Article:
May 17, 2012
by Emmeline ll
The short answer is, no.
However, the school is required to provide FAPE (free and appropriate education) in the "least restrictive environment," so if the support provided isn't enough to keep him in general ed., but an aid could, then they should try that before a self-contained classroom. I found a good link though: How to Request a One-to-One Aide for Your Child by ... - Wrightslaw; also, the book below has advice in understanding how schools operate in this area and how to negotiate with them. Have they evaluated for a behavior intervention plan? ~~When searching for special education info, proceed your question with "Wrightslaw" and something relevant usually turns up.
I'm curious as to why their minds would go straight to a self-contained classroom--perhaps just because they have one; my ds attends a space-restricted charter whose library is about the size of my bedroom.
My ds (now 8yo) has rather ADHD-combined and used to be quite aggressive and hyperactive. Just prior to 1st grade we started him on Concerta which helped a lot but there were still problems. A couple of months later he moved on to Vyvanse which was a lot better, then a few months after that we increased the dose of Vyvanse and he has been doing well on that for over a year. All during the last school year and summer he was seeing a behavior therapist (which didn't help much until the second dose of Vyvanse), but the most important factor in his ability to get through first grade was his teacher--she figured out what it took to calm ds or to talk him out of one of "his freezes" (absolutely no communication), and how to make the school environment work for him.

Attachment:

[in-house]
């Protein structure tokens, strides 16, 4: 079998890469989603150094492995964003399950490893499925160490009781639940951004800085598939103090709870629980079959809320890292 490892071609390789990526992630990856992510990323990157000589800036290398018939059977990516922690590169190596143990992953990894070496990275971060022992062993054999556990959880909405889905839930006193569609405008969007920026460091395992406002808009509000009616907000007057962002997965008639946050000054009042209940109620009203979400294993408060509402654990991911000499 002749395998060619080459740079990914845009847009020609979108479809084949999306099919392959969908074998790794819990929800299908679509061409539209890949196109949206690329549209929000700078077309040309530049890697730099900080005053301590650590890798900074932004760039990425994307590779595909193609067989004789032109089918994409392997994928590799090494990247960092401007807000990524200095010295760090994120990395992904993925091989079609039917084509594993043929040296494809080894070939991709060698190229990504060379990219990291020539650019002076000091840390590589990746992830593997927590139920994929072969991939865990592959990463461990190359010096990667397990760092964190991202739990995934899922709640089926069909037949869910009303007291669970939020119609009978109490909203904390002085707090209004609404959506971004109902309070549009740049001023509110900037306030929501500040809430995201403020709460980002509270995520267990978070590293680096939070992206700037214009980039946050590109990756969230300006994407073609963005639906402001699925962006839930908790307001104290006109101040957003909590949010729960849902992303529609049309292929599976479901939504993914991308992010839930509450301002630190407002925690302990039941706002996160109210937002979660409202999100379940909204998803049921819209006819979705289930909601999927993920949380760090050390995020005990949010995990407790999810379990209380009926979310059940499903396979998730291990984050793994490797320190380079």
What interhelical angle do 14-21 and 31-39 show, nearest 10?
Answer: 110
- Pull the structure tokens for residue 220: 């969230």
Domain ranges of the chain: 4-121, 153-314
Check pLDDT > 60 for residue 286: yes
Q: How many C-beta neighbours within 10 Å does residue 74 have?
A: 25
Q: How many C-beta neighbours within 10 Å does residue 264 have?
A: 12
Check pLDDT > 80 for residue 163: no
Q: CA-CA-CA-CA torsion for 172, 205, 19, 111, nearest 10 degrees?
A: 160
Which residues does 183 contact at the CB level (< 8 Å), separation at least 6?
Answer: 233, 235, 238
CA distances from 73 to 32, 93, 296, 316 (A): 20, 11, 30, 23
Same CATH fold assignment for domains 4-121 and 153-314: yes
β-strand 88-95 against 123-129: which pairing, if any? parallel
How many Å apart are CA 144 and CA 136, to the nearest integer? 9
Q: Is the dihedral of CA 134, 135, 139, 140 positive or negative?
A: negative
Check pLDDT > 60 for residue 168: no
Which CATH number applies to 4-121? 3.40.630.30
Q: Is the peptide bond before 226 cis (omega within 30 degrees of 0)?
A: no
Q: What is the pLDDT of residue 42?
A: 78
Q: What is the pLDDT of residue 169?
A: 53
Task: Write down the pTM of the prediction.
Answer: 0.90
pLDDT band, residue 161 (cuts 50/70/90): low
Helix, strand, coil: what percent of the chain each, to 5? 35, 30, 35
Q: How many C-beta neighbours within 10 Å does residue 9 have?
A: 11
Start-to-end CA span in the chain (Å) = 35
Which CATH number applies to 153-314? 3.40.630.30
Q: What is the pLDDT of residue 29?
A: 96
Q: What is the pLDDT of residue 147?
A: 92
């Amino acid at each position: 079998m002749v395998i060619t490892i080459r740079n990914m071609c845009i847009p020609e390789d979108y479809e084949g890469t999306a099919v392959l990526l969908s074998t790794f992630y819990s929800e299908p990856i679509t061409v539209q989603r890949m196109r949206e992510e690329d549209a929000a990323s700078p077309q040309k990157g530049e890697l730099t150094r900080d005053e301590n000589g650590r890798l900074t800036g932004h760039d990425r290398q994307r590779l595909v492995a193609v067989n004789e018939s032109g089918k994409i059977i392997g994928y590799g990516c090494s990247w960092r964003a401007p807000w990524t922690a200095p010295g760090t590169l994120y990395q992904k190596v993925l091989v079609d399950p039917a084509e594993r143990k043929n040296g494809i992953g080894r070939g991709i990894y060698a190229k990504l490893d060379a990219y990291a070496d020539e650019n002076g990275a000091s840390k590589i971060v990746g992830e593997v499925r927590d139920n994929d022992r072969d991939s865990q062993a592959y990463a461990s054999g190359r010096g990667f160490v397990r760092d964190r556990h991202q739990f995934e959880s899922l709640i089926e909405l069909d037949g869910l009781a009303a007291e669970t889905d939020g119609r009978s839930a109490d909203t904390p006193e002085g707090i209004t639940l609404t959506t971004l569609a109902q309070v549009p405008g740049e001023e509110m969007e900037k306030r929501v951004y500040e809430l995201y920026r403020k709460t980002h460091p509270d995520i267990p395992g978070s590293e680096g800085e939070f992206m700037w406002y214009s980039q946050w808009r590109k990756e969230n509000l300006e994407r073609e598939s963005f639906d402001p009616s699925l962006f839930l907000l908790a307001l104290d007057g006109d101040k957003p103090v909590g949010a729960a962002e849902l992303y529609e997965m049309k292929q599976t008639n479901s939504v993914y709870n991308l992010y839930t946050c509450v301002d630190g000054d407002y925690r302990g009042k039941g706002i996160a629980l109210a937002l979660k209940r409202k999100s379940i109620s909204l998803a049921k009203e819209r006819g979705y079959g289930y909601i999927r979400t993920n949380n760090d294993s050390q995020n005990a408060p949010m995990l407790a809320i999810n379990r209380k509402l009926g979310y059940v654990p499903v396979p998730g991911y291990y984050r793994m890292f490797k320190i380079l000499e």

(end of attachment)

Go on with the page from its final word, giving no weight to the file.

I recommended reading "Wrightslaw: From Emotions to Advocacy" ASAP; the information from the book can be found on their site as well (Table of Contents). Reading "Wrightslaw: Special Education Law, 2nd Edition," would be a good idea as well.
I would also suggest pushing the meeting back a week to give you more time to prepare, but if that isn't possible you may want to contact an advocate to meet with prior and accompany you to the meeting. Your state department of education website may have a list of free or low cost advocates. I would also print a copy of your state special education laws from that site.
"Can I Demand a Paraprofessional in the Classroom for my ADHD Child?" Mothering.com